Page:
As explained in part one of this article, there are plenty of marketers trying to cash in on President Obama's historic rise to the White House by selling so-called "official" Obama coins. In my expert opinion, none of these unauthorized Obama coins are a good investment. So many millions of them are being sold that they will never be worth even half of what people are paying for them anytime in the next three generations.
However, there is one coin that President Obama himself has authorized, and which is being sold on Obama's official non-government Web site. The coin, (which should technically be described as a "medal,") is being offered in three metals: bronze, silver, and gold.
The Official Obama Coins' Specifications
The official Obama coins were struck by the Medalcraft Mint under contract for Obama's Presidential Inaugural Committee. They depict a portrait of President Barack Obama on the obverse (heads side) which was designed by Marc Mellon. The reverse, designed by Thomas Rogers, Sr., depicts Obama's Presidential Inaugural Seal with an inscription below. The inscription reads, "44th President of the United States of America Inaugurated Jan. 20, 2009."
The bronze and silver medals are a hefty 2.75 inches in diameter, and come with a wood display base and a certificate of authenticity. The bronze official Obama medal has no mintage limit, and sells for $60 on Obama's Web site. The silver medal is made of pure (.999 fine) silver and sells for $400.
The Obama gold medal is 1.25 inches in diameter and struck in 14k gold, with a 24k plating to enhance its appearance. The only way to get the gold Obama medal is to buy the entire set of three types for $3,000. The set comes in a hardwood presentation box and includes the certificate of authenticity.
Official Obama Coins - A Good Investment?
The official Obama coins are a much better investment than the junk being sold by unauthorized marketers, but the bronze Obama inaugural coin is probably not going to be a big investment winner because there is no limit to how many are being made. One of the key considerations when buying any collectible for investment purposes must be rarity! The bronze Obama medal is not rare or limited in number.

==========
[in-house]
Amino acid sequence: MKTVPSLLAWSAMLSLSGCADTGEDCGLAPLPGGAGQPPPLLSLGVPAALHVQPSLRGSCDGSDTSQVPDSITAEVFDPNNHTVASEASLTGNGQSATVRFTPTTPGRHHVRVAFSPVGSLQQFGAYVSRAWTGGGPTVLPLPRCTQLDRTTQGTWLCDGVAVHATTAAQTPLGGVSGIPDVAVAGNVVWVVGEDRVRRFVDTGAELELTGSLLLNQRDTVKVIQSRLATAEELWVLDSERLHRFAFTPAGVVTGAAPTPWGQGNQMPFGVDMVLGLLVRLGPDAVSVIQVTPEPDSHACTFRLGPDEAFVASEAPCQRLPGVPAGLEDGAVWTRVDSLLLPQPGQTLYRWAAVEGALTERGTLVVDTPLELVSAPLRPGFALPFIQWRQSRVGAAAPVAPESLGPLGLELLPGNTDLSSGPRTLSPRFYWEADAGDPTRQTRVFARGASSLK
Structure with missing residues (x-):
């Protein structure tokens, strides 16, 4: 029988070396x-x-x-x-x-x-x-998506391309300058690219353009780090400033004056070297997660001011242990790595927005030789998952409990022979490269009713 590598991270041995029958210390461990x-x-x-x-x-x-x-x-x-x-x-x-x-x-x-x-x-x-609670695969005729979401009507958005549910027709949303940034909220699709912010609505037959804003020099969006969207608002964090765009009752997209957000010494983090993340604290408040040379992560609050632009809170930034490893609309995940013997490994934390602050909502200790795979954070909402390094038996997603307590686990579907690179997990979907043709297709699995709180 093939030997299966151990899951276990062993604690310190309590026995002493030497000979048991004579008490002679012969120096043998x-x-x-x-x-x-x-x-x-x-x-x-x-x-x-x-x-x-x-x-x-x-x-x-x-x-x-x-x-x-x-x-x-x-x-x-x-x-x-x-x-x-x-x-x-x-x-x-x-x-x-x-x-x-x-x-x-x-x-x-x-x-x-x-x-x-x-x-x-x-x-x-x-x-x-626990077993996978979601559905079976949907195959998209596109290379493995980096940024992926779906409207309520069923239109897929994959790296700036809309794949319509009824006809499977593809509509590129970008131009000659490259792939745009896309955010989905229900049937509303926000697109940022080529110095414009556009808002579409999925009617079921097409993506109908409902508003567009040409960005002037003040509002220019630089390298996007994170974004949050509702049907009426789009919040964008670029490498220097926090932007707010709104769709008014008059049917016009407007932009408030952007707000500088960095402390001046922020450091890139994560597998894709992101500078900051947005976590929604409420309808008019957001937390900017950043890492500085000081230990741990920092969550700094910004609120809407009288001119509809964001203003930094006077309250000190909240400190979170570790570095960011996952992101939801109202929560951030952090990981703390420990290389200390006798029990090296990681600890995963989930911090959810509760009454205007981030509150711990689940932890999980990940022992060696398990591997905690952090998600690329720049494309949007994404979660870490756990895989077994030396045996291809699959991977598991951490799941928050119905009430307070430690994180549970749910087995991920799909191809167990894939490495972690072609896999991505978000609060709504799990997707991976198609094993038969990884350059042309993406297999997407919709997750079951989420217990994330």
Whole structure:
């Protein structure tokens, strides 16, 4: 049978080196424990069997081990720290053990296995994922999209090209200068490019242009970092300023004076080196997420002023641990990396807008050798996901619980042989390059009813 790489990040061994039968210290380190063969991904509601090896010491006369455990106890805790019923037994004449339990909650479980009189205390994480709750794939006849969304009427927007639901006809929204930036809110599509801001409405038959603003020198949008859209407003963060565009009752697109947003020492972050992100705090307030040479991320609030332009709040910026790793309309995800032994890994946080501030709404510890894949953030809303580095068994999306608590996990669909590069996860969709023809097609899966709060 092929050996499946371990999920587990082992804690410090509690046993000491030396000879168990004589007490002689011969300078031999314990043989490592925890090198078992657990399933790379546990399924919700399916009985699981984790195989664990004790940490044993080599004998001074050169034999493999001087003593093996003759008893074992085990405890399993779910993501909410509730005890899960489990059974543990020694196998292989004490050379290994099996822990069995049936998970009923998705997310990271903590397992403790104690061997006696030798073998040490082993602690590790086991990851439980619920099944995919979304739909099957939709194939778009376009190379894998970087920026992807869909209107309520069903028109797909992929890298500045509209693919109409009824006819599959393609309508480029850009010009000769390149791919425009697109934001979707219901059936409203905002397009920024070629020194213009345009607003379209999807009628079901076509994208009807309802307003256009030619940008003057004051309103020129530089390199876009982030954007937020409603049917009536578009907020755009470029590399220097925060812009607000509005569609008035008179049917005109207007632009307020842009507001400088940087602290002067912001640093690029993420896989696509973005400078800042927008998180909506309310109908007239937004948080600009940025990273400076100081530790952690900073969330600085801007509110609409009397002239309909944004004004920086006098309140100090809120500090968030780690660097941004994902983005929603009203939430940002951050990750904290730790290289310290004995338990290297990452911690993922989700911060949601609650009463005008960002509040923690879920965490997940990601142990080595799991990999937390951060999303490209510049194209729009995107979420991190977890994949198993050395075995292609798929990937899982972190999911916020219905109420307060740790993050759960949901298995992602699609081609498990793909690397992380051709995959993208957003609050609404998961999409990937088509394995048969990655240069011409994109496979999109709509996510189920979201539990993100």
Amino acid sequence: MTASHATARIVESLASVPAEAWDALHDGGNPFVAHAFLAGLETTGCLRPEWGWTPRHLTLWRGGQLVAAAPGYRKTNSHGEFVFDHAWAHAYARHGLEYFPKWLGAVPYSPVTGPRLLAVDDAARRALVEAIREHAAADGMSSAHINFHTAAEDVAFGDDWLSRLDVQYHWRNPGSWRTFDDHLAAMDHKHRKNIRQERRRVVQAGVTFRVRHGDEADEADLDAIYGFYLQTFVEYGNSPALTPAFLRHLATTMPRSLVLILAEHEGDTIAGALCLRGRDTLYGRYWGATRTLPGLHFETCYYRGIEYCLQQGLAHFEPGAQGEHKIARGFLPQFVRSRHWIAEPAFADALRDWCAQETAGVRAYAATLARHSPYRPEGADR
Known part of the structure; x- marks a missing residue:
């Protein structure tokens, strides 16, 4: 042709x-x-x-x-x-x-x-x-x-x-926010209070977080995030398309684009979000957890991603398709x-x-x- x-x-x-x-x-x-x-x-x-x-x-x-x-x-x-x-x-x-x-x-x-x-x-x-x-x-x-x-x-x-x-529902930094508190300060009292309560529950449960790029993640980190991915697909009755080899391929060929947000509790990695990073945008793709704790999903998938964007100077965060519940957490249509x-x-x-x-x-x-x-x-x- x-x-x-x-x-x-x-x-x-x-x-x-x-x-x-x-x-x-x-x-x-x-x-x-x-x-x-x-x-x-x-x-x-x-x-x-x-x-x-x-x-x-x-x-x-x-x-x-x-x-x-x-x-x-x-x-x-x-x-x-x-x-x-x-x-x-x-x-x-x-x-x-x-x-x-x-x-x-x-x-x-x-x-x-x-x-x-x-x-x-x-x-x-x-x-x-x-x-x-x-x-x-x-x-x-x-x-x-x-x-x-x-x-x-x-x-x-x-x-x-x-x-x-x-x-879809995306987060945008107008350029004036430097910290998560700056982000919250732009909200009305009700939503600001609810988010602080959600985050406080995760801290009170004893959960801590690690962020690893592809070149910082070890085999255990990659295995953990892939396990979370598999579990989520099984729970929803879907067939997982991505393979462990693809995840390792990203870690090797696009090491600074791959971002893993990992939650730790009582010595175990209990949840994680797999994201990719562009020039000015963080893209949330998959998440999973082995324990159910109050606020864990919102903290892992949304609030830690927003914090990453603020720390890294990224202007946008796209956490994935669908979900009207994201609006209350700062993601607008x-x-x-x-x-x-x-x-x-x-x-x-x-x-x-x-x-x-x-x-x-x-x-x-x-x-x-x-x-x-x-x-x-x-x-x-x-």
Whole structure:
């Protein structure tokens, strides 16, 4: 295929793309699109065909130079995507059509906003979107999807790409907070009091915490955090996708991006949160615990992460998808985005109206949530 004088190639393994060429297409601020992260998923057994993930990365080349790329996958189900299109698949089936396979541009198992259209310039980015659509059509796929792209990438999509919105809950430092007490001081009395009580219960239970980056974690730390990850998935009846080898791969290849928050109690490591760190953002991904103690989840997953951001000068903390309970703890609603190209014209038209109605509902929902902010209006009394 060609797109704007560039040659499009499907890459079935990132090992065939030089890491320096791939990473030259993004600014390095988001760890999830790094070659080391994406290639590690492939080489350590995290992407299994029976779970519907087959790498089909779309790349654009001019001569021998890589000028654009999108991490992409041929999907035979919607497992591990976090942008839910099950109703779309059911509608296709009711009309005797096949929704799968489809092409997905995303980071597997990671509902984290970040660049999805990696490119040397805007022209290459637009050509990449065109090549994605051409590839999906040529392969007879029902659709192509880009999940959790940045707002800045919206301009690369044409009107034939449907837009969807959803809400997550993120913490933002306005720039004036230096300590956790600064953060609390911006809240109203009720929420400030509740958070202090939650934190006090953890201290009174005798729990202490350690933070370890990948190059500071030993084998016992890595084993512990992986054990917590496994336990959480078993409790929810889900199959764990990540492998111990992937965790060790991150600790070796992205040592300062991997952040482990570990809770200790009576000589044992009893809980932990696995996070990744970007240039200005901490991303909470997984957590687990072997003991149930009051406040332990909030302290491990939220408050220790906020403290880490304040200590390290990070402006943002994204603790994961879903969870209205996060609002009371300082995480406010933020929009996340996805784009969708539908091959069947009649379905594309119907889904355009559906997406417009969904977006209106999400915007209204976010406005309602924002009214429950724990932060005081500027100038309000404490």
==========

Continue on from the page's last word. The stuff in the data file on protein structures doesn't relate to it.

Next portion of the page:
The silver and gold Obama medals do have a limited mintage, 10,499 for the silver and 500 for the gold. But the second question you must ask yourself when buying a collectible for investment reasons is, "am I paying too much for it?" This is something you'll have to decide for yourself, but keep in mind that few collectors can afford to pay such high prices. The future resale value might not stay as high as the issue price was.
Where to Buy the Official Obama Coins
The best place to buy the official Obama coins is at Obama's own inaugural souvenirs Web site. In fact, for the silver and gold versions, Obama's site is the only place to buy them, unless someone is reselling.
Several other marketers and coin dealers are selling the bronze official Obama coin for varying prices. If you see the official Obama inaugural coins in gold and silver for sale elsewhere, you'll almost certainly pay more for them than if you bought them directly from Obama's store.
There was one other official Obama coin that was sanctioned by the Democratic Party, but it was never sold to the public. According to the Birmingham Post, the Democratic Party placed an order with the Winston Elizabeth & Windsor (WEW) mint in England for about £100,000 ($156,000) worth of silver Obama coins to be used as gifts for party supporters. (Why the Democratic Party is buying from companies in England, rather than the USA is an issue beyond the scope of this article.)
These WEW silver Obama coins, which were made from specially-designed dies, were issued in a numbered limited edition of 300 coins. If you were lucky enough to have received one of these official Obama coins, you just might have a collectible with some potential to increase in value over the years!
Note: After this article was published, the WEW Mint began selling Obama coins struck from dies that are the same, or very similar to, the ones commissioned by the Democratic Party. The WEW coins which are for sale to the public are not the official coins mentioned above! They are not part of the rare numbered issue, and they are not authorized by President Obama.